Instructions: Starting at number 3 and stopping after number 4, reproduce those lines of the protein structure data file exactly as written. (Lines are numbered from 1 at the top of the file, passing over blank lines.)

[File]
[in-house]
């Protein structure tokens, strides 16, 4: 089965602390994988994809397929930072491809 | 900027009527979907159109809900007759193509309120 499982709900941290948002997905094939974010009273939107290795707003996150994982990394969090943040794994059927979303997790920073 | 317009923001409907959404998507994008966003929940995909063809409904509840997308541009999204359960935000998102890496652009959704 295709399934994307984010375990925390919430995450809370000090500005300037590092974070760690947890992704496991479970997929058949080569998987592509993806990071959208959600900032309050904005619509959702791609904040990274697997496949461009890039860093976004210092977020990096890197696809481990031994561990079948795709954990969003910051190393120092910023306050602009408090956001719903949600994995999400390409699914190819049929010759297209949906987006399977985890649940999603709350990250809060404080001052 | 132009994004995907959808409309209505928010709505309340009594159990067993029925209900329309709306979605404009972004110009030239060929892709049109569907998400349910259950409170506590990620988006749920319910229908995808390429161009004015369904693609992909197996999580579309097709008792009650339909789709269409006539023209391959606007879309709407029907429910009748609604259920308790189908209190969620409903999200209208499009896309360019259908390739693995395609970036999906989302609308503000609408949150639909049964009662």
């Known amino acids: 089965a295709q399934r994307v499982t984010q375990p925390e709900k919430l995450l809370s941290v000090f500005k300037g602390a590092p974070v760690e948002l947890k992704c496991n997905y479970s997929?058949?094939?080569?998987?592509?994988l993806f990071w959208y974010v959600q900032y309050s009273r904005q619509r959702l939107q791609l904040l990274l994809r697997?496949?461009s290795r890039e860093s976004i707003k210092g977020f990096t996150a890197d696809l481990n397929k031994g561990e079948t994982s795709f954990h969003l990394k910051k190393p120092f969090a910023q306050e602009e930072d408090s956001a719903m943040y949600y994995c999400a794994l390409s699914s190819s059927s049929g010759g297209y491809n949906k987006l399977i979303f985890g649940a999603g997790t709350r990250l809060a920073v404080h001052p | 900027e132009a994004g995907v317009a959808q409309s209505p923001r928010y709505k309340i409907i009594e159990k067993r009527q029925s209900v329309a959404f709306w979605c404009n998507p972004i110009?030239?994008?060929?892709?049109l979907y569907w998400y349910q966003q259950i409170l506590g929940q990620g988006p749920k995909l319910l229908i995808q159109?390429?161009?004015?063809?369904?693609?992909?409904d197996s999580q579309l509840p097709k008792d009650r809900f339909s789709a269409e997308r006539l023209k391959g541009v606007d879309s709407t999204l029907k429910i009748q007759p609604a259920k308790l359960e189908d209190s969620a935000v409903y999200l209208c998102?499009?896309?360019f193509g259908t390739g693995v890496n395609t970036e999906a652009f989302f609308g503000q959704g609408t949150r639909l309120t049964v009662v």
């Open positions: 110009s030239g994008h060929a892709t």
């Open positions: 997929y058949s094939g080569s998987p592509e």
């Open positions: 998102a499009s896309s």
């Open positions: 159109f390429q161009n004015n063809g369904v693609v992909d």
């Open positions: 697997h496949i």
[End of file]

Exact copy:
């Known amino acids: 089965a295709q399934r994307v499982t984010q375990p925390e709900k919430l995450l809370s941290v000090f500005k300037g602390a590092p974070v760690e948002l947890k992704c496991n997905y479970s997929?058949?094939?080569?998987?592509?994988l993806f990071w959208y974010v959600q900032y309050s009273r904005q619509r959702l939107q791609l904040l990274l994809r697997?496949?461009s290795r890039e860093s976004i707003k210092g977020f990096t996150a890197d696809l481990n397929k031994g561990e079948t994982s795709f954990h969003l990394k910051k190393p120092f969090a910023q306050e602009e930072d408090s956001a719903m943040y949600y994995c999400a794994l390409s699914s190819s059927s049929g010759g297209y491809n949906k987006l399977i979303f985890g649940a999603g997790t709350r990250l809060a920073v404080h001052p | 900027e132009a994004g995907v317009a959808q409309s209505p923001r928010y709505k309340i409907i009594e159990k067993r009527q029925s209900v329309a959404f709306w979605c404009n998507p972004i110009?030239?994008?060929?892709?049109l979907y569907w998400y349910q966003q259950i409170l506590g929940q990620g988006p749920k995909l319910l229908i995808q159109?390429?161009?004015?063809?369904?693609?992909?409904d197996s999580q579309l509840p097709k008792d009650r809900f339909s789709a269409e997308r006539l023209k391959g541009v606007d879309s709407t999204l029907k429910i009748q007759p609604a259920k308790l359960e189908d209190s969620a935000v409903y999200l209208c998102?499009?896309?360019f193509g259908t390739g693995v890496n395609t970036e999906a652009f989302f609308g503000q959704g609408t949150r639909l309120t049964v009662v």
């Open positions: 110009s030239g994008h060929a892709t």